Just as it is impossible to predict exactly how long your case will take, it is difficult to realistically estimate the total cost of your litigation, even when your attorney knows the issues that will be contested and the strength of the parties’ feelings. If you and/or your spouse has completely lost trust in the other, want complete discovery on all issues, and desire to argue many issues to the bitter end, then the process will be long, drawn out and expensive.
Going to trial is always more expensive than settling.
Be aware that you will pay for your case in three ways – with your time, your emotions, and your money:
Time: You will have to spend time preparing your lawsuit. Your attorney will prepare your case, but this can only be done with your help. Your full cooperation is absolutely critical to your case.
Attorneys bill for their time and advice. If you can do some of the groundwork, your money can be used more efficiently. If you are not prepared to spend time on your case, the outcome may not be as satisfactory or as cost-efficient as it might have been.
Emotions: A domestic dispute is one of life’s most painful experiences. Your emotions will likely be on a roller coaster. In most cases, both parties do not want to end the relationship to the same degree, and one person has been more emotionally hurt than the other. This is one reason to consider counseling as you go through the process of divorce and resolving the myriad issues involved, legal and otherwise.
The more issues to be resolved, the more painful the process. It is not unusual for one party to raise issues simply as a way of prolonging the matter, or punishing a spouse. Be aware of this. If it seems to be happening in your case, your attorney will call it to your attention.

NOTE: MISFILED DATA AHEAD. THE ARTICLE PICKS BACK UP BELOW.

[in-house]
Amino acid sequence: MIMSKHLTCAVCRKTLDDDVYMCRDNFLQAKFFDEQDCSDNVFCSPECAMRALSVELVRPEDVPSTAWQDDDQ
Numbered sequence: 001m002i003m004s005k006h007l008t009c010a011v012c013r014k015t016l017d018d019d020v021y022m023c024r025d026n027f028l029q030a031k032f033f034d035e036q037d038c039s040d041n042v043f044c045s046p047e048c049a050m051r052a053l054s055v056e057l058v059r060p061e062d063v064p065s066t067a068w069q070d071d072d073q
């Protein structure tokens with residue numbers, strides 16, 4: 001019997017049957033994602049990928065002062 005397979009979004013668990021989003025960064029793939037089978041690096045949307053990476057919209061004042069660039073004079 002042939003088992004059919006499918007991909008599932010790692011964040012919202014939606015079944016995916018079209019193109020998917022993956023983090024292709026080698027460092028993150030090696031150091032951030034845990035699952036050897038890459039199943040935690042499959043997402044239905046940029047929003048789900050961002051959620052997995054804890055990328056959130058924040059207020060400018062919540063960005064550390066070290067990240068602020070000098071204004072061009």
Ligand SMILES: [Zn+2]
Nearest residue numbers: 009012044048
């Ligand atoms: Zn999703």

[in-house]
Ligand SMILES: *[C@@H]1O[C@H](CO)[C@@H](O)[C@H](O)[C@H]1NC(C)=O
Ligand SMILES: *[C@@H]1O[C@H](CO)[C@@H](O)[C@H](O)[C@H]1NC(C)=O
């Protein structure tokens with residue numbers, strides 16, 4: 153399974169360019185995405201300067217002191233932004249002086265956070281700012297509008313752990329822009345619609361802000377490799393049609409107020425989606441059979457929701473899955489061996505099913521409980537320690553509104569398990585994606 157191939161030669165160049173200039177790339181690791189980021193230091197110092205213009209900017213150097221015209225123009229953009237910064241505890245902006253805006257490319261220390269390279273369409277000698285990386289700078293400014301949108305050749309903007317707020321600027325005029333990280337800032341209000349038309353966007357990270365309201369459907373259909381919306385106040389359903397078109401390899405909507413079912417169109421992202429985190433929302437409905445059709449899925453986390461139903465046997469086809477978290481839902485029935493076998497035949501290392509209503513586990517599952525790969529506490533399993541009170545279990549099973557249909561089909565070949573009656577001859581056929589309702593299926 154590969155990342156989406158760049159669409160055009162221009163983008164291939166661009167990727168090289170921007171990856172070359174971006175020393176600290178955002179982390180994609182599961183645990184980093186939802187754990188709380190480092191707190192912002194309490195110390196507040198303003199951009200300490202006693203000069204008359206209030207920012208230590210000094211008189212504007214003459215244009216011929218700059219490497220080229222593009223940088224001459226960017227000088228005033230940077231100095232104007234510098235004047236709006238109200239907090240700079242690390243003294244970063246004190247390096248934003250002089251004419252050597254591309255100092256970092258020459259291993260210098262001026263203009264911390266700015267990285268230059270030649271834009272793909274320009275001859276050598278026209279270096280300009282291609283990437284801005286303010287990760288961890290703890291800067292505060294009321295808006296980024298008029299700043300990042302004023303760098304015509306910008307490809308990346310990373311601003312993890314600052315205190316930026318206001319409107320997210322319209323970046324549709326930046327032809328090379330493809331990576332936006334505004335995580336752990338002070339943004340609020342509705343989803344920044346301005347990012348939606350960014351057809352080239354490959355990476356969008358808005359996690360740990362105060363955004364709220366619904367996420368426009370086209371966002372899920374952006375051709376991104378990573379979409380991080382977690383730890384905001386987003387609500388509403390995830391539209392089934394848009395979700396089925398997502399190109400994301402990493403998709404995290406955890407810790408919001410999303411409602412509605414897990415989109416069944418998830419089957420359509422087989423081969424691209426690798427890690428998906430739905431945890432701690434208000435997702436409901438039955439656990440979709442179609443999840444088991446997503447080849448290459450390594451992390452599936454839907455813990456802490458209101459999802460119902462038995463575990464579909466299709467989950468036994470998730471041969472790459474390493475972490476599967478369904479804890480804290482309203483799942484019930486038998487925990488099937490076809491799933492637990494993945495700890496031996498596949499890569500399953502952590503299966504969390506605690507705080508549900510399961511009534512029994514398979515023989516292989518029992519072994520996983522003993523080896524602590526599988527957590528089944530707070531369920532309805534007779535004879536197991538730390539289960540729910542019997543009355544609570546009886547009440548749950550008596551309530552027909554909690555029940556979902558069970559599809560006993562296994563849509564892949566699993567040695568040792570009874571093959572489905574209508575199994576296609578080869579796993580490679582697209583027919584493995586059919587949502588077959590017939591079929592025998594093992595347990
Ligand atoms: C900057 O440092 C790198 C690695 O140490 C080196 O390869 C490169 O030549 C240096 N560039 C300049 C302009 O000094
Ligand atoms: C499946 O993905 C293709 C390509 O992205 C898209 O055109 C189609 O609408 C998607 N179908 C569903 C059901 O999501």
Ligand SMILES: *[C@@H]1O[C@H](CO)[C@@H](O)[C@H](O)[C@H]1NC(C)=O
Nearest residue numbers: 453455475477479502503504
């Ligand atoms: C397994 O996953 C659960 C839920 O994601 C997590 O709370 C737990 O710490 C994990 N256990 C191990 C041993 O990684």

Money: Preparing and trying a lawsuit is very expensive. Scrutinize the issues at an early stage, and determine which ones can be settled. You do not have to make unreasonable or unnecessary concessions, but you should look carefully at issues that separate you and your spouse. You do have some control, and you can make concessions that will resolve your case more quickly, and will reduce your costs. Your attorney will identify issues that are in your best interest to settle. Remember, if you go to court, you loose almost all control of the outcome and an uninterested third party (the judge) will decide your future. You should also consider if you insist on going to court, you will more than likely not get everything you want.
This article is for information purposes only and is not to be considered or substituted as legal advice. The information in this article is based on North Carolina state laws in effect at the time of posting.